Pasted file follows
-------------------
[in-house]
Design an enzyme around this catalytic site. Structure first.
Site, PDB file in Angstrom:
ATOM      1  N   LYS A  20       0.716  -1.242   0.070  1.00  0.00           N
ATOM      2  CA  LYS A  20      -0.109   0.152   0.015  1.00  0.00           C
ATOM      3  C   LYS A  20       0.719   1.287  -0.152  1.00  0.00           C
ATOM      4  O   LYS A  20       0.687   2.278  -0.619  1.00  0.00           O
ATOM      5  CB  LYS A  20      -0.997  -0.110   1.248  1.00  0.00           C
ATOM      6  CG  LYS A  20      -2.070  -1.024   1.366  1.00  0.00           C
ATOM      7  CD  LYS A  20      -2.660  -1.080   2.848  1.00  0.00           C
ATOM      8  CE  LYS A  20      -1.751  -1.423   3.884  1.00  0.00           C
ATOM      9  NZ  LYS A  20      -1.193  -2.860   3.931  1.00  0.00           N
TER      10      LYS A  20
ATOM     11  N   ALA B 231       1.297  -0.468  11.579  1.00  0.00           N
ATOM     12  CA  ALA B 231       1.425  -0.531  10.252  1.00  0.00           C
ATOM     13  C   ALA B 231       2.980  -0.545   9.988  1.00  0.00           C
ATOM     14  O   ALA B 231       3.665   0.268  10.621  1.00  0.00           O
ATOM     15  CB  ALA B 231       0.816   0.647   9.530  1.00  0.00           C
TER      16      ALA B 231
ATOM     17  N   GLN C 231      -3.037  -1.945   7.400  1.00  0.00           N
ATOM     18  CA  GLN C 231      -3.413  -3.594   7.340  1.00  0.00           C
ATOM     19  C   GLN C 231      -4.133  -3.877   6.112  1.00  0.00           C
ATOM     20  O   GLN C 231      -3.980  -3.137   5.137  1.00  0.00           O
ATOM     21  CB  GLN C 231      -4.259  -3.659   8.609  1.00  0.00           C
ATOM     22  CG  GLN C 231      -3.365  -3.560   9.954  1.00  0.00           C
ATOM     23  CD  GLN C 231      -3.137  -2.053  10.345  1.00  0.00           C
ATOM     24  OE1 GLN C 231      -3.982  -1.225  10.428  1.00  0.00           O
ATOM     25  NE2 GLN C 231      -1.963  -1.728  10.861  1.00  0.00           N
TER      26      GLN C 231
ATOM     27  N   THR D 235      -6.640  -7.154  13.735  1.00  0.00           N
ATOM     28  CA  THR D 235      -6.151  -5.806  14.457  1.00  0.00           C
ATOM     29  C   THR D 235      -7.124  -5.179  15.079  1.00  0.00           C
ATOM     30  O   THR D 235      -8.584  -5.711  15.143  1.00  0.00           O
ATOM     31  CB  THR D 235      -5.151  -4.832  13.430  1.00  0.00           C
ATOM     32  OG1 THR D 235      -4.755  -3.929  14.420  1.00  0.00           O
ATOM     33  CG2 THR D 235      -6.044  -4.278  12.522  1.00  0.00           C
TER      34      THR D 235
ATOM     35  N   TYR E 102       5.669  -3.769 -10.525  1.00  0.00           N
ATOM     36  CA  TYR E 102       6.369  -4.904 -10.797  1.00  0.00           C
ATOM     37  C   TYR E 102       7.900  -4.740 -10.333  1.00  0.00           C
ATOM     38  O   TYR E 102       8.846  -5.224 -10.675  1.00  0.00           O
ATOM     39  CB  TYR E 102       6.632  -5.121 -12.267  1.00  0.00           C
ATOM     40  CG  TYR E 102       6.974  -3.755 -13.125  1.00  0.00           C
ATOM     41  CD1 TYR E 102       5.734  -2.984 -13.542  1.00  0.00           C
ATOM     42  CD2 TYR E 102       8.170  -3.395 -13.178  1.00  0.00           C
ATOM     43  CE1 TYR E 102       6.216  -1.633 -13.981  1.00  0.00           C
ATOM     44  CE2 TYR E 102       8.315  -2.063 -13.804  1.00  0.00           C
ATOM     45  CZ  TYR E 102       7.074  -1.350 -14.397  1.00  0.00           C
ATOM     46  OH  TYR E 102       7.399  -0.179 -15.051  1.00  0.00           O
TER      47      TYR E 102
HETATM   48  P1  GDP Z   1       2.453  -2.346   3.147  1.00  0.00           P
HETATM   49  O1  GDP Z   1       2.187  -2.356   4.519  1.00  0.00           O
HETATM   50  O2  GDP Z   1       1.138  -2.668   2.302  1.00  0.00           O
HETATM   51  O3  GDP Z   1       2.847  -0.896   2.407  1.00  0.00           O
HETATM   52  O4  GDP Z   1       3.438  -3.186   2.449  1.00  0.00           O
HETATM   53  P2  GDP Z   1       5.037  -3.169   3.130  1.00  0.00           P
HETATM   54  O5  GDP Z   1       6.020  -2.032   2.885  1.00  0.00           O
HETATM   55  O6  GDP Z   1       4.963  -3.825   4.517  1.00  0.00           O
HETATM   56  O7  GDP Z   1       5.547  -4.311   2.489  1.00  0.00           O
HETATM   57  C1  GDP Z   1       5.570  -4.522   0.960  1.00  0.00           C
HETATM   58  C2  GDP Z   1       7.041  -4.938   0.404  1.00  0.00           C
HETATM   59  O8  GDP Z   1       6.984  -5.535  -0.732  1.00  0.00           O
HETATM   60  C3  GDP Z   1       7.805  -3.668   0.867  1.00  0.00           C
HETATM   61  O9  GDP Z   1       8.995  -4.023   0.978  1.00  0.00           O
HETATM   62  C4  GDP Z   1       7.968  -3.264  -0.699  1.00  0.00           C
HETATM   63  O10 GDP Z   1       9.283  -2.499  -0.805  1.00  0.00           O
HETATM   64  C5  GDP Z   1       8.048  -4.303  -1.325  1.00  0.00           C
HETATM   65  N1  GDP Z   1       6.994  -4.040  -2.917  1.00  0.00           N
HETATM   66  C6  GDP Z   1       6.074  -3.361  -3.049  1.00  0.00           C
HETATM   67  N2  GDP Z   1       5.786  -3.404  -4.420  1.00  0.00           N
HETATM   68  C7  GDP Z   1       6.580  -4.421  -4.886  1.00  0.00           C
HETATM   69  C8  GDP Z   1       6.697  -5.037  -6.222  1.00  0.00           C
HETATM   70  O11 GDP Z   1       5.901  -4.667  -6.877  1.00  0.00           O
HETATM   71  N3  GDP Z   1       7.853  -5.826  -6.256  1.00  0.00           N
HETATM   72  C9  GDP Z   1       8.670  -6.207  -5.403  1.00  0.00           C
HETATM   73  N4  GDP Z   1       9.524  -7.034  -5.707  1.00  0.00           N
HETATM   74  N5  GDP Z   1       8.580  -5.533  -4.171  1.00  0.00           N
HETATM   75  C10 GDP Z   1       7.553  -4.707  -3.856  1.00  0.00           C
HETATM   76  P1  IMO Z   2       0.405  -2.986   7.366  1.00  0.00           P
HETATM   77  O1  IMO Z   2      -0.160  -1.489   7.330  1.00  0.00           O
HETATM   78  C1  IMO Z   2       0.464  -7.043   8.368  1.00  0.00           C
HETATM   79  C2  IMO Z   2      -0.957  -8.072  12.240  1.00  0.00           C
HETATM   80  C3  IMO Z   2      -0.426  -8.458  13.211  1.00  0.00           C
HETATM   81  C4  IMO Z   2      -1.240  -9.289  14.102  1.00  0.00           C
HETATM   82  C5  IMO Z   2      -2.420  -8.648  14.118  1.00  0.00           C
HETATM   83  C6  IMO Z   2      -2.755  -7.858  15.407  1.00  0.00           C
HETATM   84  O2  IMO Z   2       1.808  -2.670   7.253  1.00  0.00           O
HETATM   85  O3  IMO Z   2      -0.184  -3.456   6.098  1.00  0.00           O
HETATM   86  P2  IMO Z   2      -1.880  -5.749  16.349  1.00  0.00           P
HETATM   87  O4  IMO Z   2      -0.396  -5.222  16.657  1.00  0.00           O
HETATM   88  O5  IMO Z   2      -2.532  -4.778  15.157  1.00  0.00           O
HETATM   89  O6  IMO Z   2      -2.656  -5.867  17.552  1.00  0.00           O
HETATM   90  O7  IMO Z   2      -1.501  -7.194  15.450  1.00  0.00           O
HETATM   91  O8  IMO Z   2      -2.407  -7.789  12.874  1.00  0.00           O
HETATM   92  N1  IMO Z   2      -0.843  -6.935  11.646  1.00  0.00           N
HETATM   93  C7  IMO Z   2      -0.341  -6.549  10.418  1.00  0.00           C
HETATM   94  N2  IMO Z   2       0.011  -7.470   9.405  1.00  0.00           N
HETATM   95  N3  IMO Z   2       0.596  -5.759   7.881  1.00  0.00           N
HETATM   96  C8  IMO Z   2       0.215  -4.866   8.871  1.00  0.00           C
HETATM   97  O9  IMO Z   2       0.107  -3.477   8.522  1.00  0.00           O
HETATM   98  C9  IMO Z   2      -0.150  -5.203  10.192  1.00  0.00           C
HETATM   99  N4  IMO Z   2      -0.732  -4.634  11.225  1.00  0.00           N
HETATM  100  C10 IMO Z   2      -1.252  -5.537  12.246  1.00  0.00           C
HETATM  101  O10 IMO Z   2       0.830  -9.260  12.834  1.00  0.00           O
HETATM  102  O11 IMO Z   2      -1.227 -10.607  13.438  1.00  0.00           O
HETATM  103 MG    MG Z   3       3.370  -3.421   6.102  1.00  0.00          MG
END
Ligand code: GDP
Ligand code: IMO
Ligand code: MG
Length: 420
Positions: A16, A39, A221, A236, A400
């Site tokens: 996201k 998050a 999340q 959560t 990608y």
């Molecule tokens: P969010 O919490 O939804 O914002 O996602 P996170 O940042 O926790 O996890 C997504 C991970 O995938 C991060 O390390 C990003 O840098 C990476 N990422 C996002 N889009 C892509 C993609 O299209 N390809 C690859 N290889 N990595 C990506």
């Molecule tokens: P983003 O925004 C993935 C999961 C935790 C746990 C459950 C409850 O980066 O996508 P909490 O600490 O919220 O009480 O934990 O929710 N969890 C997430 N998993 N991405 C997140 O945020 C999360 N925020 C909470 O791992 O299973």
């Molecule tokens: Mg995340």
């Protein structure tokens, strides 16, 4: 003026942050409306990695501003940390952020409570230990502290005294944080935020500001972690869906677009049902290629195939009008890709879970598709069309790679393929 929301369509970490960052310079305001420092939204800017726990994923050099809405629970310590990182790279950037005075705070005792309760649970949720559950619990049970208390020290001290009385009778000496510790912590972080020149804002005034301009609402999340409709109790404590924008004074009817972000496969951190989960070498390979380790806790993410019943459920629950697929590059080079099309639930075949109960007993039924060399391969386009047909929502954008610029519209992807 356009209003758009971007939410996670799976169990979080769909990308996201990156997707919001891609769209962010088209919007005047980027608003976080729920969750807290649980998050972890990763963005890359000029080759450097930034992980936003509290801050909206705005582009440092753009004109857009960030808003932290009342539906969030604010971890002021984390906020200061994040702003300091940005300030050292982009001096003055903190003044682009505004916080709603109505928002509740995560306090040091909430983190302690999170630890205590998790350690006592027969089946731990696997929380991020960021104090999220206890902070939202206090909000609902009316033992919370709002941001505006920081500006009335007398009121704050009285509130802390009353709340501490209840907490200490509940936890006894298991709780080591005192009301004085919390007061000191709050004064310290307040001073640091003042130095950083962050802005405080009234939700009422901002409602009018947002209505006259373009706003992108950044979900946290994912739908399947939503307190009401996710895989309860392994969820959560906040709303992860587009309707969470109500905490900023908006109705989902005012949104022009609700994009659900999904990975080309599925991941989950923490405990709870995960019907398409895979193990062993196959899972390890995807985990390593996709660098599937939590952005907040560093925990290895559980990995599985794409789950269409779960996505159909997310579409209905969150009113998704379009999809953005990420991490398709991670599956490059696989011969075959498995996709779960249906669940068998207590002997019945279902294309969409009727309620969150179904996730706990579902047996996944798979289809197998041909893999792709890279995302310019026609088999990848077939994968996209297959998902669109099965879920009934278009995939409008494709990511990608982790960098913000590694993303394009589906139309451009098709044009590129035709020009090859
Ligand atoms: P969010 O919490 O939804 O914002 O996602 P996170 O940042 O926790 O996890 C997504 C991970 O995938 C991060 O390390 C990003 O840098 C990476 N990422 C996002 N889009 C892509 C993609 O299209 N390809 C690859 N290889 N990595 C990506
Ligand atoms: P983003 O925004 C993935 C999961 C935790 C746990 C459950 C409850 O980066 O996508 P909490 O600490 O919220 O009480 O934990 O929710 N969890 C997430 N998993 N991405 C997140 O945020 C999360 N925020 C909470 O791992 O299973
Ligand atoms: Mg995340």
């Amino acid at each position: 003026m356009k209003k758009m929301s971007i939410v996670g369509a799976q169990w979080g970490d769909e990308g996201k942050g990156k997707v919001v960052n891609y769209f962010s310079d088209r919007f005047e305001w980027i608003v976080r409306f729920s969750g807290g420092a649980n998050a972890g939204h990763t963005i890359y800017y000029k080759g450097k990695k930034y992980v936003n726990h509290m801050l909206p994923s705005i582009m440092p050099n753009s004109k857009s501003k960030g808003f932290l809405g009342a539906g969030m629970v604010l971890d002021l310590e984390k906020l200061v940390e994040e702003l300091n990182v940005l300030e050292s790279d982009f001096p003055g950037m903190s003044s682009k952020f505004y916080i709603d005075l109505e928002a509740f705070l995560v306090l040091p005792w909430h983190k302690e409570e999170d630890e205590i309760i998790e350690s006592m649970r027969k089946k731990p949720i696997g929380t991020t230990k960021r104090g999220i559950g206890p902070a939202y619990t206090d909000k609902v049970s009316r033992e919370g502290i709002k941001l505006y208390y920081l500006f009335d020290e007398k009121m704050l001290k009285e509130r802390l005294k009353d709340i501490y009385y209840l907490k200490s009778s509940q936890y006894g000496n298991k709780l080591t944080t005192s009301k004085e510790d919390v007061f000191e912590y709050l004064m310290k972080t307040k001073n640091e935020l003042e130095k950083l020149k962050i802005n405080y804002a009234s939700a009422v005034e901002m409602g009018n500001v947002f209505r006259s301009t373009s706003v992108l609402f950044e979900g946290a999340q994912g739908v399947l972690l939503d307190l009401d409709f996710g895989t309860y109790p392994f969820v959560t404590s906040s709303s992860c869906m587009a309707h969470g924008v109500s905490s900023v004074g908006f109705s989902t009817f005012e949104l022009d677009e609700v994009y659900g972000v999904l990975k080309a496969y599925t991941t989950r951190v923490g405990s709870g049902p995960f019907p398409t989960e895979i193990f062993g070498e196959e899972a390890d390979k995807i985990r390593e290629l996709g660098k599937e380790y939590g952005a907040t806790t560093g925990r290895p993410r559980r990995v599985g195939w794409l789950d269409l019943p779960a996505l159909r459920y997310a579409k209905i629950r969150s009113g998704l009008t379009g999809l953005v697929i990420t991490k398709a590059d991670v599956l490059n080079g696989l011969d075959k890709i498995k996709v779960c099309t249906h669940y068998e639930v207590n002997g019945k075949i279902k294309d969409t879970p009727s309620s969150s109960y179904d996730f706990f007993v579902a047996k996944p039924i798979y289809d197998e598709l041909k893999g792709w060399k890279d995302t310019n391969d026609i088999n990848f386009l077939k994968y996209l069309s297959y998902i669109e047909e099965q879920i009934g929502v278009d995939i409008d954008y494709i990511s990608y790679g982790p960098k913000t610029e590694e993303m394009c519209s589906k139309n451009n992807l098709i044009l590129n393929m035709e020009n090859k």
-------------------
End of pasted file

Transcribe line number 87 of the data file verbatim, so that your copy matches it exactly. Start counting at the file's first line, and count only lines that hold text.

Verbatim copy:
HETATM   84  O2  IMO Z   2       1.808  -2.670   7.253  1.00  0.00           O